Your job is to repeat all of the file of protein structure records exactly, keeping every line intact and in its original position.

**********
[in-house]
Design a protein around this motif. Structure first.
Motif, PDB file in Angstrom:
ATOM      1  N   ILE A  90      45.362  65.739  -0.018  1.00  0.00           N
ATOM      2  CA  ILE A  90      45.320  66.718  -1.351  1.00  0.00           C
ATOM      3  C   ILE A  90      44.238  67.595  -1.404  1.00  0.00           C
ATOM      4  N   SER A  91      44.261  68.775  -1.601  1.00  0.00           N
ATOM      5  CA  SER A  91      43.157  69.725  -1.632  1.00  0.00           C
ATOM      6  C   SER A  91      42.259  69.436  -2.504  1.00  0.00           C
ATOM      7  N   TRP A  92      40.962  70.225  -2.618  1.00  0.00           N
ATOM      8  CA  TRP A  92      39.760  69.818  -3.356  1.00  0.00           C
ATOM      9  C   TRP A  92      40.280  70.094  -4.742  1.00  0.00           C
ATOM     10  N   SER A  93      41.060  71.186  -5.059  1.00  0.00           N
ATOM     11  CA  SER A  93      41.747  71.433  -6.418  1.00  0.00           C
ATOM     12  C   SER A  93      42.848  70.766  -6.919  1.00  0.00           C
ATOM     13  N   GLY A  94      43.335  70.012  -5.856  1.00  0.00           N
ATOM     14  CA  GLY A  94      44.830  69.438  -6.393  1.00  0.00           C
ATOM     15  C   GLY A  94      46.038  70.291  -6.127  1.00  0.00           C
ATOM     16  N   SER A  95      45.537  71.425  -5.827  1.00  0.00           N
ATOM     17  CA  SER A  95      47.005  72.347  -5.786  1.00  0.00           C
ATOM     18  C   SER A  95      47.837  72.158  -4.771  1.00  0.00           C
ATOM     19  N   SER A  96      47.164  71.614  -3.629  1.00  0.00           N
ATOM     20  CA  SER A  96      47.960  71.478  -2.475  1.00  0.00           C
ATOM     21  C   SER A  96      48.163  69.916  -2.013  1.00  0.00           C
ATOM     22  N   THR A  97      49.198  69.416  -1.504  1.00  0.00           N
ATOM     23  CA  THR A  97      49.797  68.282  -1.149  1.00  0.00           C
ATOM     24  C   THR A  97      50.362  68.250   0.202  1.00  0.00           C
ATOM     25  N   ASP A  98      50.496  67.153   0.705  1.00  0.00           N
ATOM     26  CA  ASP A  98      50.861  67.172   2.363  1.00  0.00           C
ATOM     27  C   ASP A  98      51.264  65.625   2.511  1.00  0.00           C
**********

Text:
[in-house]
Design a protein around this motif. Structure first.
Motif, PDB file in Angstrom:
ATOM      1  N   ILE A  90      45.362  65.739  -0.018  1.00  0.00           N
ATOM      2  CA  ILE A  90      45.320  66.718  -1.351  1.00  0.00           C
ATOM      3  C   ILE A  90      44.238  67.595  -1.404  1.00  0.00           C
ATOM      4  N   SER A  91      44.261  68.775  -1.601  1.00  0.00           N
ATOM      5  CA  SER A  91      43.157  69.725  -1.632  1.00  0.00           C
ATOM      6  C   SER A  91      42.259  69.436  -2.504  1.00  0.00           C
ATOM      7  N   TRP A  92      40.962  70.225  -2.618  1.00  0.00           N
ATOM      8  CA  TRP A  92      39.760  69.818  -3.356  1.00  0.00           C
ATOM      9  C   TRP A  92      40.280  70.094  -4.742  1.00  0.00           C
ATOM     10  N   SER A  93      41.060  71.186  -5.059  1.00  0.00           N
ATOM     11  CA  SER A  93      41.747  71.433  -6.418  1.00  0.00           C
ATOM     12  C   SER A  93      42.848  70.766  -6.919  1.00  0.00           C
ATOM     13  N   GLY A  94      43.335  70.012  -5.856  1.00  0.00           N
ATOM     14  CA  GLY A  94      44.830  69.438  -6.393  1.00  0.00           C
ATOM     15  C   GLY A  94      46.038  70.291  -6.127  1.00  0.00           C
ATOM     16  N   SER A  95      45.537  71.425  -5.827  1.00  0.00           N
ATOM     17  CA  SER A  95      47.005  72.347  -5.786  1.00  0.00           C
ATOM     18  C   SER A  95      47.837  72.158  -4.771  1.00  0.00           C
ATOM     19  N   SER A  96      47.164  71.614  -3.629  1.00  0.00           N
ATOM     20  CA  SER A  96      47.960  71.478  -2.475  1.00  0.00           C
ATOM     21  C   SER A  96      48.163  69.916  -2.013  1.00  0.00           C
ATOM     22  N   THR A  97      49.198  69.416  -1.504  1.00  0.00           N
ATOM     23  CA  THR A  97      49.797  68.282  -1.149  1.00  0.00           C
ATOM     24  C   THR A  97      50.362  68.250   0.202  1.00  0.00           C
ATOM     25  N   ASP A  98      50.496  67.153   0.705  1.00  0.00           N
ATOM     26  CA  ASP A  98      50.861  67.172   2.363  1.00  0.00           C
ATOM     27  C   ASP A  98      51.264  65.625   2.511  1.00  0.00           C